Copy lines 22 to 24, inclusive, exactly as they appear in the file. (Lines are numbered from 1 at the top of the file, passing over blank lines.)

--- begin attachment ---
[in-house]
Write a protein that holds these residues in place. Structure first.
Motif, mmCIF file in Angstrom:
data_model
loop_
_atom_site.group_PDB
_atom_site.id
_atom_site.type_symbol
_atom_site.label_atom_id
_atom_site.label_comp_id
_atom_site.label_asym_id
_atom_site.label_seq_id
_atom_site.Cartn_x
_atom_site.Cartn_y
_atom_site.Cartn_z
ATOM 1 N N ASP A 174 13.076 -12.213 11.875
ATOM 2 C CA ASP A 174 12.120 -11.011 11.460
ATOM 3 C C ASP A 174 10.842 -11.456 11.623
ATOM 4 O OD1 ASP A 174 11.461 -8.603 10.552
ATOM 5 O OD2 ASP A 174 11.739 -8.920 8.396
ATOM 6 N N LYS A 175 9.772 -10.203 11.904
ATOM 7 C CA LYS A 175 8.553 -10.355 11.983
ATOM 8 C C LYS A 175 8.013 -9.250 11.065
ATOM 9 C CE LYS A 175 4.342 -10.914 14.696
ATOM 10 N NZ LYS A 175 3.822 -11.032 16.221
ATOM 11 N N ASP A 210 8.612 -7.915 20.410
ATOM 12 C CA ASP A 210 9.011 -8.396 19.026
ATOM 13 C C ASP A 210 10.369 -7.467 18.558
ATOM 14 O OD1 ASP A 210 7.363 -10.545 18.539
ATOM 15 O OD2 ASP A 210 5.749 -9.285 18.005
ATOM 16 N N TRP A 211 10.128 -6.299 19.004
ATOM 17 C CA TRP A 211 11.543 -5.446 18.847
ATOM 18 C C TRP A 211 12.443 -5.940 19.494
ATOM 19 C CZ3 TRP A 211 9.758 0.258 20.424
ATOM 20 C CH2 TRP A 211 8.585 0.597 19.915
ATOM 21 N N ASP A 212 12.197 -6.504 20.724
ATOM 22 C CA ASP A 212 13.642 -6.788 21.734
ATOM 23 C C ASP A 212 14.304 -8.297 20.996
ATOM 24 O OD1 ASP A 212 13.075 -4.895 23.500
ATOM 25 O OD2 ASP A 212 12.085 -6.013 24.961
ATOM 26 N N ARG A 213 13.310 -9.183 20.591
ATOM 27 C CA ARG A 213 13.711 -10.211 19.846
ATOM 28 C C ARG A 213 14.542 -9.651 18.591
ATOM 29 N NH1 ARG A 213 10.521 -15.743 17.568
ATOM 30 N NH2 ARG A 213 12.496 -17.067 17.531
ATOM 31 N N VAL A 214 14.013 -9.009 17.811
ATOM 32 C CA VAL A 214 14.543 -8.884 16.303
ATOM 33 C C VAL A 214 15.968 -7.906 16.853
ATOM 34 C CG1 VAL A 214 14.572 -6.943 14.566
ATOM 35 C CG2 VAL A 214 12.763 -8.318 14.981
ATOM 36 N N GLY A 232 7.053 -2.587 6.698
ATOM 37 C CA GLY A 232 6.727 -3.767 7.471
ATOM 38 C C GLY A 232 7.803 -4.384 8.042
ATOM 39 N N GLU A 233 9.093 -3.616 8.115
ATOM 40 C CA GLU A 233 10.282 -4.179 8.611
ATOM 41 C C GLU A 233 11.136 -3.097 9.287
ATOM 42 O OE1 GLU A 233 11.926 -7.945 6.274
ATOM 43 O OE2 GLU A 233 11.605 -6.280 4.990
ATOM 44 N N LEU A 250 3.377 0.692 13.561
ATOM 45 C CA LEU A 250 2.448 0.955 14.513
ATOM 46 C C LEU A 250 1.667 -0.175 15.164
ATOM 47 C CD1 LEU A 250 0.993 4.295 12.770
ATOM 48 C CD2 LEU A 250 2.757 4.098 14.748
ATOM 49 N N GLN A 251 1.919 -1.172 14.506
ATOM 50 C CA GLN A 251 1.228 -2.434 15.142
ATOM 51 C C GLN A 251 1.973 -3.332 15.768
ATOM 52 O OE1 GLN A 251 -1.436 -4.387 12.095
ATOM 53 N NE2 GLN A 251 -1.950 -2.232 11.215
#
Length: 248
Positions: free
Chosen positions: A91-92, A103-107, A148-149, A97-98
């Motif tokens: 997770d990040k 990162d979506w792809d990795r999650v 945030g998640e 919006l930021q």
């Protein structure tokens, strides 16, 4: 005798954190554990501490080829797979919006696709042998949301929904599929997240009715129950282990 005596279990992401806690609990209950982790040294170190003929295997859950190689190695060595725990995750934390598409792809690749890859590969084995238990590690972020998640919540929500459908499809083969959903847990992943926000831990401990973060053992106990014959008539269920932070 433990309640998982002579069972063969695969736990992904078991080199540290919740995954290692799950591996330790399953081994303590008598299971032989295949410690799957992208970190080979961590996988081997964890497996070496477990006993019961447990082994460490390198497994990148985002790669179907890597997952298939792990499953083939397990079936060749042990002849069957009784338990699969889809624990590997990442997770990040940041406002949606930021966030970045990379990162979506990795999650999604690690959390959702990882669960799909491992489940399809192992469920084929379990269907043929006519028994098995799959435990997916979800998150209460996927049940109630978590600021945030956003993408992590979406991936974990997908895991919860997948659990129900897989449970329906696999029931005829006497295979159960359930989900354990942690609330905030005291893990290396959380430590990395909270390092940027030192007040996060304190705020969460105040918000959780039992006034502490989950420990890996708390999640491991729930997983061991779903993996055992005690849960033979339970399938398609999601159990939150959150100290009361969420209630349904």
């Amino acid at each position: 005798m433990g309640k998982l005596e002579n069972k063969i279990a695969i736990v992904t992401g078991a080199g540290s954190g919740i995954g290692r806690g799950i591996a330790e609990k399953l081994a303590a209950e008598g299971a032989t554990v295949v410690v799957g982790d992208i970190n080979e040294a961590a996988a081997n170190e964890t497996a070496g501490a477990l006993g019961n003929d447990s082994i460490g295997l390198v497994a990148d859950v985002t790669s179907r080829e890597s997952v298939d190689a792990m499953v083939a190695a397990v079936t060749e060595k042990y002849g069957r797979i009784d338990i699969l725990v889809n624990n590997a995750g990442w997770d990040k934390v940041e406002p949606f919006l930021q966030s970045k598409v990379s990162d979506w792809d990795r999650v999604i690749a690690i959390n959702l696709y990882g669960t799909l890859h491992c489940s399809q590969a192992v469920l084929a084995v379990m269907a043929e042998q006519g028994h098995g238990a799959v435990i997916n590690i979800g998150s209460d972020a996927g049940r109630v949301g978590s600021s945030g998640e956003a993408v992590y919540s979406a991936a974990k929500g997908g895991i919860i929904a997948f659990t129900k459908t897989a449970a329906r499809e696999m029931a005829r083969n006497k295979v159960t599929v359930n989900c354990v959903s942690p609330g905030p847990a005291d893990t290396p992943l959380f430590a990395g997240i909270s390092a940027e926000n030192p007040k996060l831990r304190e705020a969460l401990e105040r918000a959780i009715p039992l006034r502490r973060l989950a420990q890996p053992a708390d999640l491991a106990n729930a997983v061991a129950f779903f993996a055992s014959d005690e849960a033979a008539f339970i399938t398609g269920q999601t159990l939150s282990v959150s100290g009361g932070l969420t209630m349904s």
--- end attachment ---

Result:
ATOM 7 C CA LYS A 175 8.553 -10.355 11.983
ATOM 8 C C LYS A 175 8.013 -9.250 11.065
ATOM 9 C CE LYS A 175 4.342 -10.914 14.696